The decision to deport Madina Salamova, 25, has sparked a nationwide debate about Norway’s immigration laws, triggered public protests, and put the country’s centre-left government on the defensive.
The girl, who is better known under her literary pseudonym ‘Maria Amelie’, moved to Norway in 2003 with her parents after neighbouring Finland rejected their asylum claim.
Norway rejected their claim too but the family somehow evaded deportation and, despite having no papers or even a bank account, Miss Salamova then integrated into Norwegian society in a way that impressed many ordinary Norwegians.
She mastered Norwegian, took cleaning jobs for cash, got a degree, found herself a Norwegian boyfriend, and last year published a book about her life as an illegal immigrant to considerable acclaim.
Weekly news magazine Ny Tid crowned her “Norwegian of the Year” in 2010, saying she had enriched public discourse.
But her increasingly public profile appears to have caught the authorities’ attention.
Eight immigration officers arrested her last Wednesday and bundled her into the back of a van for deportation to Russia. Her parents, who come from the unstable Russian republic of North Ossetia, remain in hiding.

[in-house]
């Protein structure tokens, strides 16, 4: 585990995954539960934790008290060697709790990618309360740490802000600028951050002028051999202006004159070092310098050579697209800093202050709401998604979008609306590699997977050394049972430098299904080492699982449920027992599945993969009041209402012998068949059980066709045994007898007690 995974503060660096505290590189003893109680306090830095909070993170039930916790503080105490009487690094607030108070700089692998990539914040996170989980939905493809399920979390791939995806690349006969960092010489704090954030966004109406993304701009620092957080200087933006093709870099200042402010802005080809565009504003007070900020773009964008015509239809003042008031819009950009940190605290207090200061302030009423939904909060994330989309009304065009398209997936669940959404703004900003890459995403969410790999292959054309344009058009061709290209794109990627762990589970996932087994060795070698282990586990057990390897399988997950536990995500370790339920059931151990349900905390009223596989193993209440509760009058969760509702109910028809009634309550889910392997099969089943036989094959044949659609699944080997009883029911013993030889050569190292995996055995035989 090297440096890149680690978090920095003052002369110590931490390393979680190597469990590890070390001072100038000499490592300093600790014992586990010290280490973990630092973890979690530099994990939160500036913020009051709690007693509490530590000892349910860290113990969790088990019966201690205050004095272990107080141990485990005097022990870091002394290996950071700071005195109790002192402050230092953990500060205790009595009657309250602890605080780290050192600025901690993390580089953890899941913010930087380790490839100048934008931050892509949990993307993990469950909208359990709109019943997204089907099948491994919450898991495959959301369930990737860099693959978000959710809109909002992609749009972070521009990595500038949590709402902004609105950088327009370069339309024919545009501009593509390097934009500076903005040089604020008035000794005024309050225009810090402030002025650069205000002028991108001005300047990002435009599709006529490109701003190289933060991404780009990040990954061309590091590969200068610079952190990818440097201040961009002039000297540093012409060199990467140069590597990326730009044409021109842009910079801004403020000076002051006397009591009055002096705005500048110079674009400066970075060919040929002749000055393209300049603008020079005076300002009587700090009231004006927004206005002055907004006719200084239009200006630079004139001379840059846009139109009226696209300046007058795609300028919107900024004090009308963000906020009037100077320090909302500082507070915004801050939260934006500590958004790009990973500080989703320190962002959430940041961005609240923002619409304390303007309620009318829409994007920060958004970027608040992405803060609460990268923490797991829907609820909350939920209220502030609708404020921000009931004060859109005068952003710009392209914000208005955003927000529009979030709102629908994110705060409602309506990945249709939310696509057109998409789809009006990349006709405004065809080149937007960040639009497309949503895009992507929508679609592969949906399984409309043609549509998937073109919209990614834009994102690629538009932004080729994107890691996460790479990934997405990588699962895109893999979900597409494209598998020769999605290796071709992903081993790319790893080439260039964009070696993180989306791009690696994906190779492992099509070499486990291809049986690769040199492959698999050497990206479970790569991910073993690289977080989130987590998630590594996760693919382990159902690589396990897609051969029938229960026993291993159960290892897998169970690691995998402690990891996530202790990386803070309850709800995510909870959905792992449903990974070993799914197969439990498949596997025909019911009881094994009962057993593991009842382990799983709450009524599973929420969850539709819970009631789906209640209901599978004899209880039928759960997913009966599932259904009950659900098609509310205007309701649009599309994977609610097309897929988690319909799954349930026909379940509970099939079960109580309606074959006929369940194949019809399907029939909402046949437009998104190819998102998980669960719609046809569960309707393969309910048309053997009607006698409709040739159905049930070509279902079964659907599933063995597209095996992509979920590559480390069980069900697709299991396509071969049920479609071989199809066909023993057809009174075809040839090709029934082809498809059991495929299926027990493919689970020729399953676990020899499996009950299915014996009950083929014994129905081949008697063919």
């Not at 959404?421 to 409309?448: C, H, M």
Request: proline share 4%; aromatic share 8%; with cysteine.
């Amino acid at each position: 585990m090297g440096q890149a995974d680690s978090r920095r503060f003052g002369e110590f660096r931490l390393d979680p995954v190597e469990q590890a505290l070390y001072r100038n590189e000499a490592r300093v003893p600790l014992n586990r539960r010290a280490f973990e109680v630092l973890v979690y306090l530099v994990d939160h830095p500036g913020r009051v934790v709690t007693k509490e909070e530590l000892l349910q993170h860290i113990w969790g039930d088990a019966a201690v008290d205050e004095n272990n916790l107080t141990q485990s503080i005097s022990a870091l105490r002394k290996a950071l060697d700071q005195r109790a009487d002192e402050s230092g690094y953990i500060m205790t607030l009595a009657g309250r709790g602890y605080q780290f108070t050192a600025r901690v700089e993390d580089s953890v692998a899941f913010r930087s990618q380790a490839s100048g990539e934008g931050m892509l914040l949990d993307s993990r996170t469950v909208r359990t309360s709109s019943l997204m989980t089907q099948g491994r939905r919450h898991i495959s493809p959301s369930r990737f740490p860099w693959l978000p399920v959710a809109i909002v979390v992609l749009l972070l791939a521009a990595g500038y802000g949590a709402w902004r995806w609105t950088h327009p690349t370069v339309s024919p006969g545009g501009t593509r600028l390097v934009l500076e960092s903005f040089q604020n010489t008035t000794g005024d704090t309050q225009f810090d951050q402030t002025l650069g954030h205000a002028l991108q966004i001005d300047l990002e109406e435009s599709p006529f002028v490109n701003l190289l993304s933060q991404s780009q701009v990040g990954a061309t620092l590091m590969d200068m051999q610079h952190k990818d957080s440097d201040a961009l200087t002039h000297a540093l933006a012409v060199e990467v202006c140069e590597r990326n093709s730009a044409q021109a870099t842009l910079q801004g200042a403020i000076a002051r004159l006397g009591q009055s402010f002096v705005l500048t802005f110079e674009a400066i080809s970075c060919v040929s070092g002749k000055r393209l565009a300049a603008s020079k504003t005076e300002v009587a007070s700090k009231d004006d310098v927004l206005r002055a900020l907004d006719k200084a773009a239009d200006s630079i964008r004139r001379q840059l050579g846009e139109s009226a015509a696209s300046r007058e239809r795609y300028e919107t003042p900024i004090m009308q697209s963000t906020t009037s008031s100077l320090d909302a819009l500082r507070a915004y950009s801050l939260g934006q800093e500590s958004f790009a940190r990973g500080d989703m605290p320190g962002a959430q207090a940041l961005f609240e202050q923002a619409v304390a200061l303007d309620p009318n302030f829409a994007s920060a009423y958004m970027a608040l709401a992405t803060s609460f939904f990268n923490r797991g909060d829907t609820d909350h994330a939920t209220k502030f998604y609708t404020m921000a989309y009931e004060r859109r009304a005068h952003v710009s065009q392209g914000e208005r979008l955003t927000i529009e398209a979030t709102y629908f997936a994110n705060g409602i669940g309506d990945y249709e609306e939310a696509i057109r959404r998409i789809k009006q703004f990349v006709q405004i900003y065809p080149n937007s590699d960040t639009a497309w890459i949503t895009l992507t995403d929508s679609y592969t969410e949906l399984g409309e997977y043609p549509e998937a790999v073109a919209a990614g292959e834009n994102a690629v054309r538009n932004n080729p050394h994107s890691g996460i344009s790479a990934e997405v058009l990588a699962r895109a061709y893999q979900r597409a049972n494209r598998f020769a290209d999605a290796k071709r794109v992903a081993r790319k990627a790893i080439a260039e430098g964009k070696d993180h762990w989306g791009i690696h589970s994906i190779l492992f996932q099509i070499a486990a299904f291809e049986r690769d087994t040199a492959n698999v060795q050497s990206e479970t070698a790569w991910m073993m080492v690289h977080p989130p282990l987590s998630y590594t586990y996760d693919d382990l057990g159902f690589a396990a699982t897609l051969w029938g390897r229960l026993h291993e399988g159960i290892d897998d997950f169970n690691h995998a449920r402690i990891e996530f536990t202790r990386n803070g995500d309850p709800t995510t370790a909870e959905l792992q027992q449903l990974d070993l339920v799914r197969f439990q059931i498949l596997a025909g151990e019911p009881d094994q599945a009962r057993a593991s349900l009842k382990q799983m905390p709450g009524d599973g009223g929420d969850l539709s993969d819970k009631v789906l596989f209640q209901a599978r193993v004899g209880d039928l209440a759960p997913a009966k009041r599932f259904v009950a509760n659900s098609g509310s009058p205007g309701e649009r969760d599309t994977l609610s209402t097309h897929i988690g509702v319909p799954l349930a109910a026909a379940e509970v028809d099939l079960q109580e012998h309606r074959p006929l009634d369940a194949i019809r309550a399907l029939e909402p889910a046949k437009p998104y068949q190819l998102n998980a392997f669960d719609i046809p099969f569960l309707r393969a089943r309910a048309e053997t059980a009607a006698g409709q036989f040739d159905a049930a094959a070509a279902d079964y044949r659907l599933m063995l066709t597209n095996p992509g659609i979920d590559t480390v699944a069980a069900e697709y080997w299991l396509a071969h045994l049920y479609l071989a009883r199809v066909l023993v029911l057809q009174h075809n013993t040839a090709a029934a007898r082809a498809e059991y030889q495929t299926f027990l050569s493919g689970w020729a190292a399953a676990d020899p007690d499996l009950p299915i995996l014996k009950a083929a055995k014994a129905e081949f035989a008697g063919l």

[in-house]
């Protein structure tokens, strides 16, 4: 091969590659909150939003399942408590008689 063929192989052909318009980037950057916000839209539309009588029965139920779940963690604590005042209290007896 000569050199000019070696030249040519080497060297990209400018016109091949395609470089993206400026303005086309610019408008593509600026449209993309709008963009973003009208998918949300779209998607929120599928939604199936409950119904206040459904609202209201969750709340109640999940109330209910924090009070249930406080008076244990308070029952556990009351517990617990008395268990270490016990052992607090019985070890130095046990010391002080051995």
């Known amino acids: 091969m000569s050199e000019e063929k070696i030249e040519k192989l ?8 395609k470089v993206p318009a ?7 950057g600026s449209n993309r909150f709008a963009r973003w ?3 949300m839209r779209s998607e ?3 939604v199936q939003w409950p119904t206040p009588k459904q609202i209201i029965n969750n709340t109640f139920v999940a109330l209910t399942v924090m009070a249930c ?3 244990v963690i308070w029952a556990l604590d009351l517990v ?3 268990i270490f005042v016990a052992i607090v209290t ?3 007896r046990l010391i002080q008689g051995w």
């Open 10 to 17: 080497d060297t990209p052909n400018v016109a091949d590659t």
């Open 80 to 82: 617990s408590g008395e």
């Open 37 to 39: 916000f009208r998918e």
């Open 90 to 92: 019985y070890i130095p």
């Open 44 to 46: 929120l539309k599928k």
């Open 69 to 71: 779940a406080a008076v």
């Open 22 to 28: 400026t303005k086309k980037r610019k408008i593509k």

A court on Monday freed Miss Salamova from a detention centre, pending her deportation which is supposed to take place within two weeks unless she wins a reprieve.
Miss Salamova, speaking to the Dagsavisen newspaper, said she was “afraid for my own life.”
“I have no connection to Russia and I speak more Norwegian that Russian,” she said.
Jens Stoltenberg, the Norwegian prime minister, has acknowledged that many people feel strongly about the girl’s case but said no exceptions can be made.
“We must handle individuals equally and not give them special treatment just because somebody receives a lot of attention,” he told Norwegian media. “If we bend the rules for one person, we will then get thousands of refugees lodging baseless applications for asylum. Nobody wants that.”